Once Fuller was gone, the second half of the season changed tack entirely to place the Discovery inside the Mirror Universe, another nostalgia holdover from The Original Series (and Deep Space Nine), moving away from efforts to copy Game of Thrones (just in space) and become much more of a dark, pulpy reflection of the rise of fascist, far-right American politics. It was, for the most part, very entertaining. It wasn’t, however, a Star Trek free of the nostalgic grip of trying to recapture past glories.

Many indeed have questioned whether Discovery is *true* Star Trek, in the same way they have been for a decade regarding the Abrams 2009 reboot and both its sequels to date. What constitutes Star Trek is a debate that can be applied to almost every major long-running franchise with a dedicated fandom, one that has been running over the last twenty years in everything from Doctor Who, James Bond, The X-Files and recently, in perhaps its ugliest fashion, Star Wars.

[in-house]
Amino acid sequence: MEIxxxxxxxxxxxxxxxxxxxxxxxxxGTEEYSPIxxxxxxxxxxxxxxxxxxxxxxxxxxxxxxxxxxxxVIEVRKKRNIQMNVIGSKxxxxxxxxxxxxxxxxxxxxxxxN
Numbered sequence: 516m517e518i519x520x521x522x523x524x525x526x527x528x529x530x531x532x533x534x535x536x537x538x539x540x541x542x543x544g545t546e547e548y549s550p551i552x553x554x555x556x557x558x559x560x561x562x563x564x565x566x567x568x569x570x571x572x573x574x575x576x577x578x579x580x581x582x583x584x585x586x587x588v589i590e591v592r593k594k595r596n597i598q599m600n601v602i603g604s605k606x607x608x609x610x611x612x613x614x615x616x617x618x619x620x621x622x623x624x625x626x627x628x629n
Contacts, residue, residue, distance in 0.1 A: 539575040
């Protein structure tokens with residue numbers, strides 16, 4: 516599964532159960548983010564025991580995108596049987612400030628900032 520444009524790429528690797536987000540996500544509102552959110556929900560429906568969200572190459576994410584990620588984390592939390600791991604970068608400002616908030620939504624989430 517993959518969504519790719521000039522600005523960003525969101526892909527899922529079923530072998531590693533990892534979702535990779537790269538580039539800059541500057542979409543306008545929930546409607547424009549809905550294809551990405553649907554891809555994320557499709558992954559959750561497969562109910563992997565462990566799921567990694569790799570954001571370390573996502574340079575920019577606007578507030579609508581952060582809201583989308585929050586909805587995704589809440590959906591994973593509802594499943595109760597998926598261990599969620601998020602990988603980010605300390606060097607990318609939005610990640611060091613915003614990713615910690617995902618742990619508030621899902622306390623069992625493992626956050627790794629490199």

In all of those cases, the issues with nostalgia are not identical; Doctor Who arguably has tried to push itself forward with an American showrunning style since Russell T. Davies relaunched it in 2005, while Bond completely reinvented itself with Casino Royale in 2006 as a stripped back, hard edged modern take on Ian Fleming’s source material, a style which has marked the Daniel Craig era coming to a close next year. Star Wars if anything has straddled both issues; fans have been outrageously entitled concerning Rian Johnson’s attempts to try new things with the franchise in The Last Jedi, yet when Kathleen Kennedy and her team gave fans a pure shot of ‘classic’ Star Wars in Solo, bringing back perhaps the saga’s biggest fan favourite character… nobody showed up to see it.